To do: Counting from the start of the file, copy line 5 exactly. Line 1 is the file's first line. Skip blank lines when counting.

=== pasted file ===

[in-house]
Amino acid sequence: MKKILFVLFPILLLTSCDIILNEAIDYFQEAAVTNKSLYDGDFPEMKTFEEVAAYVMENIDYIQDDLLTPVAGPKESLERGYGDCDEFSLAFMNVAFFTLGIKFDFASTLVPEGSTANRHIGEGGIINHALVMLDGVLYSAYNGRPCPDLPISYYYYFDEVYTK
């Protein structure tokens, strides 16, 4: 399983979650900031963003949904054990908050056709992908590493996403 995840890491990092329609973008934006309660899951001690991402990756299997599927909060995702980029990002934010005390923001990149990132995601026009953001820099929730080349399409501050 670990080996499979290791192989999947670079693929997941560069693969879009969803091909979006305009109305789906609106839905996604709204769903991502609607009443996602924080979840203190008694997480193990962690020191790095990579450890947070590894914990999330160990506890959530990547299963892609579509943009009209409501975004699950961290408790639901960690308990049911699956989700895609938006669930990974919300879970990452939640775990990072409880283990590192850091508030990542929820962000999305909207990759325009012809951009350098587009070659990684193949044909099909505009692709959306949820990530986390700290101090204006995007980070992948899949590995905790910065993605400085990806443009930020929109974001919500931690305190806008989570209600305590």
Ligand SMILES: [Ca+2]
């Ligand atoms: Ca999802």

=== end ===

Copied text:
């Ligand atoms: Ca999802």